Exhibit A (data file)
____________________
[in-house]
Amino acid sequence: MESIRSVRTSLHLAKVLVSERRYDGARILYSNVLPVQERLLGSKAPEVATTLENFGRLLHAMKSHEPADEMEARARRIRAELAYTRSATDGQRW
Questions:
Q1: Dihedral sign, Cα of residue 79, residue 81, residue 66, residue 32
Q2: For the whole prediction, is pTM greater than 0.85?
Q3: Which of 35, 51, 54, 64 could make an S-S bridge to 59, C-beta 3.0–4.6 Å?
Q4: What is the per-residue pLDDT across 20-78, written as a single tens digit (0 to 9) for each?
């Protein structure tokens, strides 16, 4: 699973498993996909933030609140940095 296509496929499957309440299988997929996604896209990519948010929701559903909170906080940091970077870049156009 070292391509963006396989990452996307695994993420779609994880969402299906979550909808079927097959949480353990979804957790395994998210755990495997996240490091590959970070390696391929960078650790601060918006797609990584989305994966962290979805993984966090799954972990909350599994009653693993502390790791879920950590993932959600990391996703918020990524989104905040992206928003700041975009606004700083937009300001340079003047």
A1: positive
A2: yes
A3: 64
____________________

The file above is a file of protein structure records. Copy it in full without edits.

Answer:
[in-house]
Amino acid sequence: MESIRSVRTSLHLAKVLVSERRYDGARILYSNVLPVQERLLGSKAPEVATTLENFGRLLHAMKSHEPADEMEARARRIRAELAYTRSATDGQRW
Questions:
Q1: Dihedral sign, Cα of residue 79, residue 81, residue 66, residue 32
Q2: For the whole prediction, is pTM greater than 0.85?
Q3: Which of 35, 51, 54, 64 could make an S-S bridge to 59, C-beta 3.0–4.6 Å?
Q4: What is the per-residue pLDDT across 20-78, written as a single tens digit (0 to 9) for each?
């Protein structure tokens, strides 16, 4: 699973498993996909933030609140940095 296509496929499957309440299988997929996604896209990519948010929701559903909170906080940091970077870049156009 070292391509963006396989990452996307695994993420779609994880969402299906979550909808079927097959949480353990979804957790395994998210755990495997996240490091590959970070390696391929960078650790601060918006797609990584989305994966962290979805993984966090799954972990909350599994009653693993502390790791879920950590993932959600990391996703918020990524989104905040992206928003700041975009606004700083937009300001340079003047």
A1: positive
A2: yes
A3: 64